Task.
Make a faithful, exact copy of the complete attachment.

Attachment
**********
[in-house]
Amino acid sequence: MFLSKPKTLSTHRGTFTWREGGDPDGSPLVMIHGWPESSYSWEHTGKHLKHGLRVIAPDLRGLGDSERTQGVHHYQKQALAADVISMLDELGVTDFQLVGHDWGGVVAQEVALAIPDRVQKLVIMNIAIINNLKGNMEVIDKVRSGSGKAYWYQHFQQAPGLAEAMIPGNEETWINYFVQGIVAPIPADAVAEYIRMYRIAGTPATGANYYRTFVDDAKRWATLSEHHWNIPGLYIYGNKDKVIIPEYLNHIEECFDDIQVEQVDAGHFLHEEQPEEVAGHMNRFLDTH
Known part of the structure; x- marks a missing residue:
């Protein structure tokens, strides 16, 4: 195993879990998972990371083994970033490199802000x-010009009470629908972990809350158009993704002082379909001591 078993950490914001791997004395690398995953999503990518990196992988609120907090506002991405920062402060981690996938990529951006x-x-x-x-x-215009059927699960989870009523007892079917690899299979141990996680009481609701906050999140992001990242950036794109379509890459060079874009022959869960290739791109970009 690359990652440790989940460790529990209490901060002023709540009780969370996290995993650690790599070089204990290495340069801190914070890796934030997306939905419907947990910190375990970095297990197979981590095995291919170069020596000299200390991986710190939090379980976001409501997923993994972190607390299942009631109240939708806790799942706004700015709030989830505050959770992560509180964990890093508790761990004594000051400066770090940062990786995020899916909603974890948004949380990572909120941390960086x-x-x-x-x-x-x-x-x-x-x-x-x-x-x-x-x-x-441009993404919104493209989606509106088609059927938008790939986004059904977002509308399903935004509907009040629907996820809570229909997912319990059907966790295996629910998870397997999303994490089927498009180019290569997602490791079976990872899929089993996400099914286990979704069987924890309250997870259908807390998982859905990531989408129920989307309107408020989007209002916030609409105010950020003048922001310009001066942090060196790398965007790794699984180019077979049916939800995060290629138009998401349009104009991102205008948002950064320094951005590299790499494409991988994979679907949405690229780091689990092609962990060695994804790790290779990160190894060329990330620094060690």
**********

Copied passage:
[in-house]
Amino acid sequence: MFLSKPKTLSTHRGTFTWREGGDPDGSPLVMIHGWPESSYSWEHTGKHLKHGLRVIAPDLRGLGDSERTQGVHHYQKQALAADVISMLDELGVTDFQLVGHDWGGVVAQEVALAIPDRVQKLVIMNIAIINNLKGNMEVIDKVRSGSGKAYWYQHFQQAPGLAEAMIPGNEETWINYFVQGIVAPIPADAVAEYIRMYRIAGTPATGANYYRTFVDDAKRWATLSEHHWNIPGLYIYGNKDKVIIPEYLNHIEECFDDIQVEQVDAGHFLHEEQPEEVAGHMNRFLDTH
Known part of the structure; x- marks a missing residue:
């Protein structure tokens, strides 16, 4: 195993879990998972990371083994970033490199802000x-010009009470629908972990809350158009993704002082379909001591 078993950490914001791997004395690398995953999503990518990196992988609120907090506002991405920062402060981690996938990529951006x-x-x-x-x-215009059927699960989870009523007892079917690899299979141990996680009481609701906050999140992001990242950036794109379509890459060079874009022959869960290739791109970009 690359990652440790989940460790529990209490901060002023709540009780969370996290995993650690790599070089204990290495340069801190914070890796934030997306939905419907947990910190375990970095297990197979981590095995291919170069020596000299200390991986710190939090379980976001409501997923993994972190607390299942009631109240939708806790799942706004700015709030989830505050959770992560509180964990890093508790761990004594000051400066770090940062990786995020899916909603974890948004949380990572909120941390960086x-x-x-x-x-x-x-x-x-x-x-x-x-x-x-x-x-x-441009993404919104493209989606509106088609059927938008790939986004059904977002509308399903935004509907009040629907996820809570229909997912319990059907966790295996629910998870397997999303994490089927498009180019290569997602490791079976990872899929089993996400099914286990979704069987924890309250997870259908807390998982859905990531989408129920989307309107408020989007209002916030609409105010950020003048922001310009001066942090060196790398965007790794699984180019077979049916939800995060290629138009998401349009104009991102205008948002950064320094951005590299790499494409991988994979679907949405690229780091689990092609962990060695994804790790290779990160190894060329990330620094060690």